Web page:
This Snoppa Rover is a standalone tripod that wants to replace your camera
This is quite an interesting idea from Snoppa Tech. It’s called the Snoppa Rover and it basically appears to be a motorized tripod on wheels. According to Snoppa, you can program it with defined paths with full camera control, it can climb up to a 30° slope, it has a 0° turning radius, works on all terrains and has smart tracking, so you don’t even need a camera to follow you around. But what is most impressive is the stabilization.
Each of the three weeks on the Snoppa Rover has independent suspension and there’s a gyro sensor in each, along with a Hall sensor and accelerometer. These detect any changes in the rover’s body as it moves across the terrain and can react by adjusting the wheel to compensate ensuring as smooth a ride as possible. You don’t even need to mount a gimbal on top!
It looks like the Snoppa Rover is still in the prototype stage at the moment, although it seems to have advanced quite a bit and the videos they posted on their YouTube channel look pretty good. According to current specs on Snoppa’s website, it can handle loads of up to 15kg and can reach speeds of up to 30kph (18.6mph) on those 210mm diameter wheels. And those wheels allow for a bunch of different camera movements.
- Ortho Mode – For Cart In/Out or Truck Left/Right movement effects.
- free mode – Use the app to control Rover while taking follow photos or moving around as you see fit.
- ARC mode – Provides constant speed of movement while fully encircling or semi-encircling the subject at a fixed distance.
- Pre-program mode – Pre-programming of a defined shooting path with the possibility of saving it as a template.
- Lock Mode – Use lock mode to maintain camera direction when a fixed shooting angle is needed while moving. You can manually or remotely control the direction of the Rover’s movement, while the direction the camera is pointed will always remain the same.
- Tracking mode – The body/camera direction will change in real time with the direction of movement.
- Target Mode – Target lock mode can be selected when shooting a target in a fixed position requiring flexible movement. The dolly will keep the camera lens facing that target at all times while moving, and the target will stay in the center of the frame.
And in addition to the modes above, there’s also intelligent object tracking, which lets you track a person or other moving object like a vehicle. They say the process is fully automated and “you don’t need another crew member to operate. You can leave the tracking to Rover while saving manpower.” And it can do all of this while negotiating potentially rough or bumpy terrain.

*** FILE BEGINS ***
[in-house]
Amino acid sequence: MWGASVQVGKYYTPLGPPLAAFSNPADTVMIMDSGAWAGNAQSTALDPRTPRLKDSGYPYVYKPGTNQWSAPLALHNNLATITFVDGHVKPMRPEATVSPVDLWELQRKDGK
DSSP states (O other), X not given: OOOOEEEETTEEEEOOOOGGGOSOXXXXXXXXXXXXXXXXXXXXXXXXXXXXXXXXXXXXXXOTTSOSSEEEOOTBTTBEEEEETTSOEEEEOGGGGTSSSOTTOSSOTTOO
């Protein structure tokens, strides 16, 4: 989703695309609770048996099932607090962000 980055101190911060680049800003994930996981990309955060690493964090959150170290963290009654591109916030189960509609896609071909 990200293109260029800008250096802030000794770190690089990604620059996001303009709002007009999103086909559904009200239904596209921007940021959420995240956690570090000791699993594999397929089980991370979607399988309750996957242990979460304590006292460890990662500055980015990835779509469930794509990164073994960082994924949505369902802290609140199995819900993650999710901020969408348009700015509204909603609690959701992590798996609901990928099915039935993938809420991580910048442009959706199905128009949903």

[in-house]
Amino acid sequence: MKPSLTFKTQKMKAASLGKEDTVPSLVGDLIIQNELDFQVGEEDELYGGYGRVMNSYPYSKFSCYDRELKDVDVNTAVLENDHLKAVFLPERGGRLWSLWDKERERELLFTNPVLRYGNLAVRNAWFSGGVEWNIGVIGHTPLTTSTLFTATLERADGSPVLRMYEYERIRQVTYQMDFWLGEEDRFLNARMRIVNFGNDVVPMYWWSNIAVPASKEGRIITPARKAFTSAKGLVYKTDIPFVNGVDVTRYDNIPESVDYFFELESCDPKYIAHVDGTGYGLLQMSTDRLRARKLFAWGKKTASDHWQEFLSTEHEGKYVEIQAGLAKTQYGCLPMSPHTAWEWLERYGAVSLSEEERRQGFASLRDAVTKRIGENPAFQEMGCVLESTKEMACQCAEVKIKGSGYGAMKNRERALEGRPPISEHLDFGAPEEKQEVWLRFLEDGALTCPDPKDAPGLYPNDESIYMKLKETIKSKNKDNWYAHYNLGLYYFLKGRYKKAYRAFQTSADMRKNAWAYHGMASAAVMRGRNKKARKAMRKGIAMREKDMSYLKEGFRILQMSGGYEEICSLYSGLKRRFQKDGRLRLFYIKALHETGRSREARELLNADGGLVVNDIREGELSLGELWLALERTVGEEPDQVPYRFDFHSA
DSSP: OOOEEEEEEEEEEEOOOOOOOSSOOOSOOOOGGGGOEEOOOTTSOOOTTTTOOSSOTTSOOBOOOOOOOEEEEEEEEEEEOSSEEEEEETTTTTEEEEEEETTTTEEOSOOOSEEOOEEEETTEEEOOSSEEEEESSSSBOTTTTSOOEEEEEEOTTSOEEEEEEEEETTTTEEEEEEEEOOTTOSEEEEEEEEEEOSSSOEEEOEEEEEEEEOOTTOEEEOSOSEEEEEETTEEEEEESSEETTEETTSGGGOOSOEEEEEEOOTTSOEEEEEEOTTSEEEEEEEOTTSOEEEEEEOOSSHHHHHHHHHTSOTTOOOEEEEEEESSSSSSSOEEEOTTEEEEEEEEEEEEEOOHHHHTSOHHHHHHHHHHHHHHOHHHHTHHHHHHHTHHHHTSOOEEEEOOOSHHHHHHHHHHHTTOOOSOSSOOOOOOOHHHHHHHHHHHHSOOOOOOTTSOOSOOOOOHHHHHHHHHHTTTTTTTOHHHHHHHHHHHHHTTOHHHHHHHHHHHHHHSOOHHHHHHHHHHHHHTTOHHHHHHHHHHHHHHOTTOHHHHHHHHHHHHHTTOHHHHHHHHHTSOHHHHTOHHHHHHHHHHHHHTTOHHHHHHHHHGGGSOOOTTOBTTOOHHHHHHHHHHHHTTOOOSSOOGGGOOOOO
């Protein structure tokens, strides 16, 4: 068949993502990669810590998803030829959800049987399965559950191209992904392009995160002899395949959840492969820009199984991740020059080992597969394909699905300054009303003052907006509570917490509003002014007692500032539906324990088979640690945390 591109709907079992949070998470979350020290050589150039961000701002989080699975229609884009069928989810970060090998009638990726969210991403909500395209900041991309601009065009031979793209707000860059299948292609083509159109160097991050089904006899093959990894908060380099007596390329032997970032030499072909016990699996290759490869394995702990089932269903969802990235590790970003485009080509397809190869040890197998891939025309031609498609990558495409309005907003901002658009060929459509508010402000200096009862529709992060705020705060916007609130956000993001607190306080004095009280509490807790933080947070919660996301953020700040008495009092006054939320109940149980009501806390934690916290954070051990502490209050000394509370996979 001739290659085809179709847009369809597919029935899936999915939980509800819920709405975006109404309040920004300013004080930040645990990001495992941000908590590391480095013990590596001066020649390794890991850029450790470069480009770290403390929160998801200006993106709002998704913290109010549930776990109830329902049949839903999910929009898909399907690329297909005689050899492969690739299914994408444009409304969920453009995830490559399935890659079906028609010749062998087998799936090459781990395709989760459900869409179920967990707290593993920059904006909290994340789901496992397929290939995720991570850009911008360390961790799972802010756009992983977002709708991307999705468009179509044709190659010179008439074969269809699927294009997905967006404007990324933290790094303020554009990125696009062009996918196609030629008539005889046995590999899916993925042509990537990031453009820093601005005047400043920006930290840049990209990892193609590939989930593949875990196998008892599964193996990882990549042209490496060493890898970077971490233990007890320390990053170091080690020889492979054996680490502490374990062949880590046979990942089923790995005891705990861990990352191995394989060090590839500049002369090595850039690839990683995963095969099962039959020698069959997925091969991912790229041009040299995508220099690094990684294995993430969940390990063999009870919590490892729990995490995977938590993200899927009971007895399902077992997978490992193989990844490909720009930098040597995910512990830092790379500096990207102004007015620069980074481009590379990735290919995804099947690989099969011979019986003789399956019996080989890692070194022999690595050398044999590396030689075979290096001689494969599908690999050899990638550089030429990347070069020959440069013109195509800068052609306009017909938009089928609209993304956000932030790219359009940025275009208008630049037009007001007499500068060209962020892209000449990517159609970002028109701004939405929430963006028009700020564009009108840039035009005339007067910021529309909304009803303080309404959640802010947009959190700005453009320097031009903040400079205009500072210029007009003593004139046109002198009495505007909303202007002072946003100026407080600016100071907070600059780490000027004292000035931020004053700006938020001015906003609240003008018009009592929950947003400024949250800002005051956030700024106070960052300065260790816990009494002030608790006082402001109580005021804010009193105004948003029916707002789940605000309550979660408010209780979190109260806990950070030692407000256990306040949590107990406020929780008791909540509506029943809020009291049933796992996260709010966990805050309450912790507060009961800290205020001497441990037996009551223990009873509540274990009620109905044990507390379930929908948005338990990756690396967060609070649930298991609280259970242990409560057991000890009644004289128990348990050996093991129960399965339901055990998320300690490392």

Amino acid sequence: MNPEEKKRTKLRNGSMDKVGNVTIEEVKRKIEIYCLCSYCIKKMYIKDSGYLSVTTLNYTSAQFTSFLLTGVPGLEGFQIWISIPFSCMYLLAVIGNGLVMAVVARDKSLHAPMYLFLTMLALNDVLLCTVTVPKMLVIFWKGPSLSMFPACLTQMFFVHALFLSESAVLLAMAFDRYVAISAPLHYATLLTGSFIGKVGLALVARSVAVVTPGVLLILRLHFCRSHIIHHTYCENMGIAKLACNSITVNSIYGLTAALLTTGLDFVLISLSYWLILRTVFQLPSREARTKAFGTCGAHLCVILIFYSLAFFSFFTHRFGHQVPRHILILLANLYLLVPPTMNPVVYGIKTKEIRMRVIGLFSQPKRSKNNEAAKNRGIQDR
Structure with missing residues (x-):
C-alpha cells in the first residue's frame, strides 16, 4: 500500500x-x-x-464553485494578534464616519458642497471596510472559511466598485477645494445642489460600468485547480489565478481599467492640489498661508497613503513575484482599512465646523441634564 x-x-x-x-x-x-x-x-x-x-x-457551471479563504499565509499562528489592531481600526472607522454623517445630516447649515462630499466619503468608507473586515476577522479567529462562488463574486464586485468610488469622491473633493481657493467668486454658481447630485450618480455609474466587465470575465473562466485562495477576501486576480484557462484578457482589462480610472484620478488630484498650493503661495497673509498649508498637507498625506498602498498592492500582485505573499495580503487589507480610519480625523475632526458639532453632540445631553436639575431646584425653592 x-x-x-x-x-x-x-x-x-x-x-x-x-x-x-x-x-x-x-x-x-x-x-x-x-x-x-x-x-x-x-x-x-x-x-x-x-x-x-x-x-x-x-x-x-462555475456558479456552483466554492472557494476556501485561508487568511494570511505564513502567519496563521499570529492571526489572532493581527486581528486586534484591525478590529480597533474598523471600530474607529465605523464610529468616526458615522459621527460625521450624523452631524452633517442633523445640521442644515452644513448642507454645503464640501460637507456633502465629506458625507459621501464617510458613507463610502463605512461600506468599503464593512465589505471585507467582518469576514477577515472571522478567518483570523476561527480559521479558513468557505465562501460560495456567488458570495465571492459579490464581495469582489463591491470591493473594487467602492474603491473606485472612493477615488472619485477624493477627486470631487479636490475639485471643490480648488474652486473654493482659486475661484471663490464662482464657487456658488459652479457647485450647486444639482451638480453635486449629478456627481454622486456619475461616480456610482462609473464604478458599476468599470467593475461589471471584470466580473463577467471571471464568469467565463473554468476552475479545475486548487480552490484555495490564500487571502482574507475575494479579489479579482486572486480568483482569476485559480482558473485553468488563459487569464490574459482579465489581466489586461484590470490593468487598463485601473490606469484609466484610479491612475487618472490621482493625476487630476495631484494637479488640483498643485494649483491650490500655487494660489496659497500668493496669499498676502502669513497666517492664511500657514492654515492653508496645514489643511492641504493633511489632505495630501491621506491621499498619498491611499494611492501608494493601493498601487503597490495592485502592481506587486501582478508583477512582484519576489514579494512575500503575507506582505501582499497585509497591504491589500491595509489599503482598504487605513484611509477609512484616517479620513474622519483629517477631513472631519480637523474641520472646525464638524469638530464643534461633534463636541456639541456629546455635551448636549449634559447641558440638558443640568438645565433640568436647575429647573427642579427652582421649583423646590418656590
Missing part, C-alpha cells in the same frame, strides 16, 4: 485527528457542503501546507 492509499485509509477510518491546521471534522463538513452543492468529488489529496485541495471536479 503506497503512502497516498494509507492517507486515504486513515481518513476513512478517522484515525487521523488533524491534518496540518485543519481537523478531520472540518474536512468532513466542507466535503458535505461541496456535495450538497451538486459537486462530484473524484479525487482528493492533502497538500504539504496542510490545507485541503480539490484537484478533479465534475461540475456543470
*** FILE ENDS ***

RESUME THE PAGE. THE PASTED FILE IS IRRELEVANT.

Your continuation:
The Snoppa Rover offers three different control methods. You can use an app that supports both iOS and Android devices, you can use a standard RC remote (they specifically show the Futaba T18SZ, although I suspect you could use just about any Tx combo /Rx standard), or you can use a dedicated handle specifically designed for use with the Rover for direct, personal motion control.
Naturally, you can shoot video with this thing, but you can also shoot time-lapse. For hyperlapse shooters who regularly move, shoot, move, shoot, flush, repeat for a few hundred shots at a time, this should make the process much smoother, more accurate, and most importantly, faster! It also has a “Time Reversal”, allowing you to quickly and easily repeat movements if necessary without having to start your movements from scratch.
The construction is largely aluminum alloy and high-strength carbon fiber, which they claim is designed to be “competent in a variety of harsh outdoor environments.” I’d love to put this to the test in some of the wilds of Scotland, but expect the Snoppa Rover to be out of my budget (I just checked the price and yes!). When it comes to connectivity, you get an HDMI port for DSLR/Mirrorless as well as an SDI socket for your high-end cinema cameras. Camera control is provided via USB Type-C and there’s a “universal remote” expansion port.
It is powered by two batteries that work in parallel to increase battery capacity. This means that they are also hot-swappable and if one dies you can replace it with a new one even if it is doing its job without losing power. It also means that each battery meets airline limits on individual battery capacity. It’s not known what the capacity of the batteries is, or how long they last or take to charge, but they do have a USB Type-C “quick charge” port. Whether it’s USB-PD or something else is unknown. And if it is USB-PD, the maximum power it will support is also unknown.
It’s a very cool device in principle and has a lot of potential for filmmakers and hyperlapse shooters. I’m very keen to see how well it performs in the real world. We might have a bit of a wait before that happens, though. It is not yet available for purchase and although they have announced that there will be a “launch day”, they have not said when it will be. They also haven’t said if it will go straight to pre-order or if they’re going the crowdfunding route.
But what they said is that the regular retail price of the Snoppa Rover will be $3,599 and there will be a special launch day price of $2,399. But, again, they didn’t say when that day is. You will need to subscribe to their mailing list to be notified. You can find out more about Snoppa Rover on their website.